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Emily Dickinson's Gothic Nunnery

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  • LaceValentine
    Welcome to the Yahoo! Message Board for Emily Dickinson s Gothic Nunnery
    Message 1 of 126 , Nov 25, 2000
      Welcome to the Yahoo! Message Board for Emily Dickinson's Gothic Nunnery
    • edgar_allan_poem
      America is the final stage of modern Europe. Gu����non called the United States the far West , in the novel sense that the United States represent the
      Message 126 of 126 , Jan 20, 2002
        "America is the final stage of modern Europe.
        Gu�non called the United States 'the far West', in the
        novel sense that the United States represent the
        reductio ad absurdum of the negative and the most senile
        aspects of Western civilization. What in Europe exists in
        diluted form is magnified and concentrated in the United
        States whereby it is revealed as the symptoms of
        disintegration and cultural and human regression. The American
        mentality can only be interpreted as an example of
        regression, which shows itself in the mental atrophy towards
        all higher interests and incomprehension of higher
        sensibility. The American mind has limited horizons, one
        conscribed to everything which is immediate and simplistic,
        with the inevitable consequence that everything is
        made banal, basic and levelled down until it is
        deprived of all spiritual life. Life itself in American
        terms is entirely mechanistic. The sense of 'I' in
        America belongs entirely to the physical level of
        existence. The typical American neither has spiritual
        dilemmas nor complications: he is a 'natural' joiner and
        conformist." <br><br>(Julius Evola, 1945.)
        <br><br>****<br><br>My own response:<br><br>If Guenon is correct in
        calling America an absurd reduction of European culture,
        "the Far West," then the notion of reinvention of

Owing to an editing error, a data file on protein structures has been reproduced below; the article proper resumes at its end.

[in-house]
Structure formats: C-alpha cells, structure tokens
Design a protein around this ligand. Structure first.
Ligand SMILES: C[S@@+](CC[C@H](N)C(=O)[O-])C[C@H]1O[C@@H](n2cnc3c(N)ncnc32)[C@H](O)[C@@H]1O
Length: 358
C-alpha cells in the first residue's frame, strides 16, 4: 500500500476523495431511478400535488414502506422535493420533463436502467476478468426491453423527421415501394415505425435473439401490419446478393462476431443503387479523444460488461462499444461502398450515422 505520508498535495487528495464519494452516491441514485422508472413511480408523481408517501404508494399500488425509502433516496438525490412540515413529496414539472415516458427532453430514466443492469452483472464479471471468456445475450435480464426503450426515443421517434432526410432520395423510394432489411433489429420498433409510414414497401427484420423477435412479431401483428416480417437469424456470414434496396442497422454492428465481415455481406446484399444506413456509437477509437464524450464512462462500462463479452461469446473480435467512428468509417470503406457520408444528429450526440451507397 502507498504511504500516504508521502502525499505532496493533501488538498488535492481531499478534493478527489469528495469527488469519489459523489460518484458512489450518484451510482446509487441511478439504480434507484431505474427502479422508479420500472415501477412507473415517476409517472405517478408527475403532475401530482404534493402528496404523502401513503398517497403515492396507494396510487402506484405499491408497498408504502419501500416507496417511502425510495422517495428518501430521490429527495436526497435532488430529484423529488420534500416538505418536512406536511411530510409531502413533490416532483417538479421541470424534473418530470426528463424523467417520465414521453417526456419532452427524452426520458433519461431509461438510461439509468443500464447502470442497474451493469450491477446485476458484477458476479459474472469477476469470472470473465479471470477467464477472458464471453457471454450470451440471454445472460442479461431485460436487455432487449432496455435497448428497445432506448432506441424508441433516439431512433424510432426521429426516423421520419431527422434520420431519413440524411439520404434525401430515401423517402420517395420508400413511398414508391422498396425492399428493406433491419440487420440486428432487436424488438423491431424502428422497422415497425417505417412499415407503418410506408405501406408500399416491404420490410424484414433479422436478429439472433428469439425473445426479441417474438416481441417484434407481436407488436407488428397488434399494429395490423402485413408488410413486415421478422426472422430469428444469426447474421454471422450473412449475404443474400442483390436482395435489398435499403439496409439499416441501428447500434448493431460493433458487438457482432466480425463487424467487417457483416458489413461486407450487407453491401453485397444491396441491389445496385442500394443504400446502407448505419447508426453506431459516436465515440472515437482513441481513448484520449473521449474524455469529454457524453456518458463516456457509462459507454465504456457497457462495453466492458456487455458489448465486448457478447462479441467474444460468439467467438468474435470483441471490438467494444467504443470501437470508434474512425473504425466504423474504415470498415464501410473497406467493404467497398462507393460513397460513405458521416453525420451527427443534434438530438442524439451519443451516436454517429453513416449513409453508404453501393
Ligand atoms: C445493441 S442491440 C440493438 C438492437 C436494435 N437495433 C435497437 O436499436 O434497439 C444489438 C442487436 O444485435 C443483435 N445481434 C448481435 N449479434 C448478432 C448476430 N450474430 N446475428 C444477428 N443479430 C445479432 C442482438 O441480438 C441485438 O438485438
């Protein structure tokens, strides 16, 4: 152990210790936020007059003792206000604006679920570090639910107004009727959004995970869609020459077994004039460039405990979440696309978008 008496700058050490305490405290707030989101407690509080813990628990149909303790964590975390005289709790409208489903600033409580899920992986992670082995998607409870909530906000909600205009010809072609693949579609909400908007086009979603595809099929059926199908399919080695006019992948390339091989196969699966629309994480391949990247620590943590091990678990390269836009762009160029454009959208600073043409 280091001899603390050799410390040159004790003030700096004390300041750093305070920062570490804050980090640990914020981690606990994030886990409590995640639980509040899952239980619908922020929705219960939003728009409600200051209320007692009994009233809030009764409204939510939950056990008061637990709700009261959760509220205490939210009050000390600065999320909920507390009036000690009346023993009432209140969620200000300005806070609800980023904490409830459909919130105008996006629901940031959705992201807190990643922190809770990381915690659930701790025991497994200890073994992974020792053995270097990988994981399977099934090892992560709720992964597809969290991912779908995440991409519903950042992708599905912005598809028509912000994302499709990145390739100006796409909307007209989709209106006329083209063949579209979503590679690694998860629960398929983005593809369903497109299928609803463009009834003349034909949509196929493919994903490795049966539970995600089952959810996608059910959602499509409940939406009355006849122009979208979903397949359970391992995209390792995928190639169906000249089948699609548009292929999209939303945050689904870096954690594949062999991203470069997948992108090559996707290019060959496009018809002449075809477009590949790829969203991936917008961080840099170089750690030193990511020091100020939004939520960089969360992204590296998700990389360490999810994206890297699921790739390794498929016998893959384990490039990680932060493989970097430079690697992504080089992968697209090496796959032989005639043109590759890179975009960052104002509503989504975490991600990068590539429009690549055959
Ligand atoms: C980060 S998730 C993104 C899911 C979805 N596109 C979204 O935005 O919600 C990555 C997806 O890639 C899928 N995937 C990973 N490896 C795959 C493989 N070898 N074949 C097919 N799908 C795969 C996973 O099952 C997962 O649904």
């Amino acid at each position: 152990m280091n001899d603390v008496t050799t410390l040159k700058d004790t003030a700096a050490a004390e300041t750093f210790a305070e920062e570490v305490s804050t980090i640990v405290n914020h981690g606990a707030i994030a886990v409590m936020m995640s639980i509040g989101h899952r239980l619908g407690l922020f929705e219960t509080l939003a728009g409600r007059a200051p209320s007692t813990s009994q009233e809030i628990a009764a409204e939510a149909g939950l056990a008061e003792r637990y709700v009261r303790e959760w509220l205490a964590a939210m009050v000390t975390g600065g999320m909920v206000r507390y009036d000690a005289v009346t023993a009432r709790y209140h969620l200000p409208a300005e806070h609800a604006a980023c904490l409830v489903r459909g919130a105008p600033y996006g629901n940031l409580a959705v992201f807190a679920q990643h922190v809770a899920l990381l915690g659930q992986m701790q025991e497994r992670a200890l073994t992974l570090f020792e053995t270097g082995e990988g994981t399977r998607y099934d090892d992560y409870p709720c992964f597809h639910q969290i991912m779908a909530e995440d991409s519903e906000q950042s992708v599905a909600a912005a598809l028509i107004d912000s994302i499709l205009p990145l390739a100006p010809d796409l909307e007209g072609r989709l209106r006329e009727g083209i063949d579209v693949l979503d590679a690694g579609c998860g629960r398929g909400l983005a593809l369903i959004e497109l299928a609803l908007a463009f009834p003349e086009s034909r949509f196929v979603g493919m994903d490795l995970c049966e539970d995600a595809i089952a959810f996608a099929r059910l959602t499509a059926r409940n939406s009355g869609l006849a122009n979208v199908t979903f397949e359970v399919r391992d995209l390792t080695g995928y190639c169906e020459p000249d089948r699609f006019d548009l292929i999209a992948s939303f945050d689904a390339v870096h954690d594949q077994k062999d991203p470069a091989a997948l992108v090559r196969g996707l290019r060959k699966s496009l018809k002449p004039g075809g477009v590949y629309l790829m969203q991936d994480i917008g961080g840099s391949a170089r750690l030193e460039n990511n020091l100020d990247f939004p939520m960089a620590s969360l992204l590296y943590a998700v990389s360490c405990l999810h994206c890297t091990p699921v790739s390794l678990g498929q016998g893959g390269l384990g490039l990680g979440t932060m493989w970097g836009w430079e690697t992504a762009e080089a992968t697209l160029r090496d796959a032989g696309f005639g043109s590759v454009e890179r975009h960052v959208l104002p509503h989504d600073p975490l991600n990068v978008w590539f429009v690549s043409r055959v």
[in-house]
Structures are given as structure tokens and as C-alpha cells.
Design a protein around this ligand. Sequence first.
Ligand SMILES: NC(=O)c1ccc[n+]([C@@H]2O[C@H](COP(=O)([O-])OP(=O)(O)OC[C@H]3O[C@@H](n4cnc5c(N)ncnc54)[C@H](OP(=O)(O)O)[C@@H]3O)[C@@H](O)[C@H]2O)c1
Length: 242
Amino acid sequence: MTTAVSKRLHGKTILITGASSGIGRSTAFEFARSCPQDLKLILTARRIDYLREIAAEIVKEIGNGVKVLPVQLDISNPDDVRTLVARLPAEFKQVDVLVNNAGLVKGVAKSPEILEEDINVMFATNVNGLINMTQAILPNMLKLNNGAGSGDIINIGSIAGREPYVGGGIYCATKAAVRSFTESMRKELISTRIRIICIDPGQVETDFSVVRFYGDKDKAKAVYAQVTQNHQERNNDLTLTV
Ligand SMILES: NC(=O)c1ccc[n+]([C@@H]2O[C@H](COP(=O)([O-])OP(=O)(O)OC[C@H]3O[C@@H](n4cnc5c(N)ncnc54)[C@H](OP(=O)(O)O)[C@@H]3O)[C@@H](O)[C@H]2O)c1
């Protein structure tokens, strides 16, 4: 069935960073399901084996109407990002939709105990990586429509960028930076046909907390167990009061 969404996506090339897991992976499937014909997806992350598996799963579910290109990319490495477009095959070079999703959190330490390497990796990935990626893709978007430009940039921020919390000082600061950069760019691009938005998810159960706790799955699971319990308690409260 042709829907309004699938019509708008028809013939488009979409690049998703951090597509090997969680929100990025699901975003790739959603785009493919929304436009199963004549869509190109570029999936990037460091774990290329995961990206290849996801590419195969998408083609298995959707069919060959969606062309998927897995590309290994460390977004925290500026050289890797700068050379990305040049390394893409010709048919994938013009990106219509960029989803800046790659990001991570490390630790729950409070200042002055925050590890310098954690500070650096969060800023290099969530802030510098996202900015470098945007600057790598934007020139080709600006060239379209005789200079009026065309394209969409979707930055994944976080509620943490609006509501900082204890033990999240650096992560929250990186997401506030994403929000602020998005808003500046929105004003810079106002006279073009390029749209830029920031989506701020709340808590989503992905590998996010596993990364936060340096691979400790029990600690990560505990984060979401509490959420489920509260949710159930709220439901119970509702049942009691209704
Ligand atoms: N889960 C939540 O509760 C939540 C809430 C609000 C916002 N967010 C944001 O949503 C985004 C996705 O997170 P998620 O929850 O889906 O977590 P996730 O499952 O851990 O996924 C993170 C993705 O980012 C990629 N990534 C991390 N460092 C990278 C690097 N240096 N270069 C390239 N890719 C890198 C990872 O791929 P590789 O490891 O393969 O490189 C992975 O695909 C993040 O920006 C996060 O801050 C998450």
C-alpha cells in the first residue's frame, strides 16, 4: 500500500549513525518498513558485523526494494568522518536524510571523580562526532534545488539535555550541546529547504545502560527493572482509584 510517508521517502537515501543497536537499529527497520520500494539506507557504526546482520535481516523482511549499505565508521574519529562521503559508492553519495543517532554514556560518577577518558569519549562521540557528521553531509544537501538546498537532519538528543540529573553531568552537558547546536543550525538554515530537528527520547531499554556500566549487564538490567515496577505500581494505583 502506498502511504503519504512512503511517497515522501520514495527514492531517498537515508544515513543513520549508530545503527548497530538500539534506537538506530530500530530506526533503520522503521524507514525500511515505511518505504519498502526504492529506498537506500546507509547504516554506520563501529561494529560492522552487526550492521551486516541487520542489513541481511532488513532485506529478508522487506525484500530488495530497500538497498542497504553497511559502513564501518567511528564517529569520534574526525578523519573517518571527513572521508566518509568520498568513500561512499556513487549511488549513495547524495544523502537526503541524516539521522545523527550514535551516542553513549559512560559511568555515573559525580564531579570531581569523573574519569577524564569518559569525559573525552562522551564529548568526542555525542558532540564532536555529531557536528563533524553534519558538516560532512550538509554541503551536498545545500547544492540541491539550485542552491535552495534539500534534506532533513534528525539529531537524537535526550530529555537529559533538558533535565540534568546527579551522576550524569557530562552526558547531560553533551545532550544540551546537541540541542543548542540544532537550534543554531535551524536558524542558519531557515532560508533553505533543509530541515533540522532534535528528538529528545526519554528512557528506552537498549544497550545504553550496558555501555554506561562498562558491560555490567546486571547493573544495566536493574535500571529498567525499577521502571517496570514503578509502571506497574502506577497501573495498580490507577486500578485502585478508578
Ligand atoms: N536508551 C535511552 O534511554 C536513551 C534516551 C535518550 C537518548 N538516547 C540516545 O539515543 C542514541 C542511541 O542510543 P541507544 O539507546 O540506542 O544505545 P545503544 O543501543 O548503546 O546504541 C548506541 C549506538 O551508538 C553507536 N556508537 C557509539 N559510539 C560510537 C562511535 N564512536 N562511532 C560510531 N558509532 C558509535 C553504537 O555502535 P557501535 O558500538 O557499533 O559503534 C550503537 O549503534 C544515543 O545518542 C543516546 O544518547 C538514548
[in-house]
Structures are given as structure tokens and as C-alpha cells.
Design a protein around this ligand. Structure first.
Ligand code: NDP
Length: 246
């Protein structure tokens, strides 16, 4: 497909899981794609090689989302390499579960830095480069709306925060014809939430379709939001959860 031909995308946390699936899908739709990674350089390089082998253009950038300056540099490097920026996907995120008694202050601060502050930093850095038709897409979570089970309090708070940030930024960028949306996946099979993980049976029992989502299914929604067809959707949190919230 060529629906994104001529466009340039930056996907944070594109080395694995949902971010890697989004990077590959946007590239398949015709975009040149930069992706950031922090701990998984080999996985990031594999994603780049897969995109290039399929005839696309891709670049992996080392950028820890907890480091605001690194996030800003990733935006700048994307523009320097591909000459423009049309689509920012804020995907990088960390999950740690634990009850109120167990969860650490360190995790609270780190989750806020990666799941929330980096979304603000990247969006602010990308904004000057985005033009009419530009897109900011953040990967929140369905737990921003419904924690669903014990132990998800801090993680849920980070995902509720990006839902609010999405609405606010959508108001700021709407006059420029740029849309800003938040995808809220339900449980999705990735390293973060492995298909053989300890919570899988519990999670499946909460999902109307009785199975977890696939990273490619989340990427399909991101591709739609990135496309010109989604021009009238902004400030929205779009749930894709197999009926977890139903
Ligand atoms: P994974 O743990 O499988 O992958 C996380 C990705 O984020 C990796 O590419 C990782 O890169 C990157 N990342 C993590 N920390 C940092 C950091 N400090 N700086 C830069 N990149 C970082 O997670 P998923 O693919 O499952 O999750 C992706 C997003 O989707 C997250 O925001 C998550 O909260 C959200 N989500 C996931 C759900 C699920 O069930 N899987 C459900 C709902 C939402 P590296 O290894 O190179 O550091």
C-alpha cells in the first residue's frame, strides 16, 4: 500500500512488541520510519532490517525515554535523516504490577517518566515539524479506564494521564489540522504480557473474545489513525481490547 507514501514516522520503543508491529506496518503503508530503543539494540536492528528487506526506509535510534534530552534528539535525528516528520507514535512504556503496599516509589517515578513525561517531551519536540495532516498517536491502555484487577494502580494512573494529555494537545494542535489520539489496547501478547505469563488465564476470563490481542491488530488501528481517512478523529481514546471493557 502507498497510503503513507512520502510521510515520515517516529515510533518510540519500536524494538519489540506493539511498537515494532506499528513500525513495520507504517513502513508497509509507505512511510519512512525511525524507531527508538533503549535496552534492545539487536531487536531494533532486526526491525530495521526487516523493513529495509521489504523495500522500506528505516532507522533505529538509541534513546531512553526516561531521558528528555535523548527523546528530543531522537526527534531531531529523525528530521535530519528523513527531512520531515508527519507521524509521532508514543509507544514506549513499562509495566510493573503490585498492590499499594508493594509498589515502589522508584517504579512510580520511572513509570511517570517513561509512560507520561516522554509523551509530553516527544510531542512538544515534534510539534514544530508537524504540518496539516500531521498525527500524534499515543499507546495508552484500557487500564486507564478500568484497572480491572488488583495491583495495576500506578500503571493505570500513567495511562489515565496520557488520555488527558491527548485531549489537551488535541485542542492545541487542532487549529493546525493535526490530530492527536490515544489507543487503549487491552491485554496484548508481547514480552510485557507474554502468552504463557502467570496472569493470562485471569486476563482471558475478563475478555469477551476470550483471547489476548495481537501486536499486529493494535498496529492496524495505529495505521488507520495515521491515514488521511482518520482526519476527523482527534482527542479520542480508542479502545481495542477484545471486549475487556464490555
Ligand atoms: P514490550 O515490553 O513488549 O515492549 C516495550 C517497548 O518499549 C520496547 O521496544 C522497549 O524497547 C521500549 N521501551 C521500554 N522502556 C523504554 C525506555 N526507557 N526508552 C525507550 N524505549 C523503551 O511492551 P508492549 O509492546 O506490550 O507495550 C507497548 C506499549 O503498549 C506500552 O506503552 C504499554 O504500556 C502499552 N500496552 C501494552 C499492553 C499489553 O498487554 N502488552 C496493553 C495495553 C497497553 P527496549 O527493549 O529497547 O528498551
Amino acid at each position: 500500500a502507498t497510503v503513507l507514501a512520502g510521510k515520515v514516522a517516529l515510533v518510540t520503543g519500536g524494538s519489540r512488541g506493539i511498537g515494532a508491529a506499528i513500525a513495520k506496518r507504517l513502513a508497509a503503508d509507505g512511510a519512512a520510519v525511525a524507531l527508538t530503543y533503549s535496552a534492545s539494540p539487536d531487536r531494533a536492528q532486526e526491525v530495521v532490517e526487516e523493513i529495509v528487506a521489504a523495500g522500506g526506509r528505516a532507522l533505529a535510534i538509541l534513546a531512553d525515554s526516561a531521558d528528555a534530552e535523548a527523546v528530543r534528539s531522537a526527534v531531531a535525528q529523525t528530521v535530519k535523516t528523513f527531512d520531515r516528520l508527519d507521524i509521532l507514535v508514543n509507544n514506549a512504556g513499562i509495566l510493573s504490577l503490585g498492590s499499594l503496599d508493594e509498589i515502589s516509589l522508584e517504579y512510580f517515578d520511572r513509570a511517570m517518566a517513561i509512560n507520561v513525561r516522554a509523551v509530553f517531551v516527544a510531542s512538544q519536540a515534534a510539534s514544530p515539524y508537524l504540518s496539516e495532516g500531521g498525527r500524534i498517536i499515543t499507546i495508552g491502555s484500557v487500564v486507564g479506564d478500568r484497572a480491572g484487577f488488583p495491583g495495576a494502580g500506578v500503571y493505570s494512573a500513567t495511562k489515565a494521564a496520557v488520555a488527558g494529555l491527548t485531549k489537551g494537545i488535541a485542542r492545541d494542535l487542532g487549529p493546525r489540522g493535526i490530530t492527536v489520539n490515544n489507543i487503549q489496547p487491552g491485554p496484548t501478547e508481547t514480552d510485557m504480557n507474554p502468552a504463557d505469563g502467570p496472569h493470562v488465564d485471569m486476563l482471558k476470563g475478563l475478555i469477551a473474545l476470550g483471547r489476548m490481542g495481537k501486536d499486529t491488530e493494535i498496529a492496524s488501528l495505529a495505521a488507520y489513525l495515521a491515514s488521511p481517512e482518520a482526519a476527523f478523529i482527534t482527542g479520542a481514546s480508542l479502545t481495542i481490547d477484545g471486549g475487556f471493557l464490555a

one's self and progress and the pioneering spirit--what
        I would call the rush toward the Unknown--was an
        illusion, a tale for luring others to this continent and to
        populate themselves as an irony against our poems. The
        first settlers found then a discovery that stripped
        them of all the nobler elements from their past for
        the forgery of a New Order, all derived from the One
        Thing, however plural their histories.<br><br>This New
        Order would imply a depletion rather than an increase
        in spirit, ignoring Whitman's boast that he
        contained multitudes. He tried to present himself as the
        typical New American, unrestrained by the weight and
        clap-trap of tradition. The Tramp or Hobo--an experience
        that must have paralleled the first European witnesses
        privy to our Geography. Everything New, including the
        Self. But according to Evola's theory on Guenon,
        Whitman was entirely delusional in his feeling-thought,
        and we should return to Cathedrals. However, the most
        sublime Yankee that has ever raised Cain with our
        American notions wouldn't be Whitman--but Emily Dickinson.
        She never drove a Democratic waggon.
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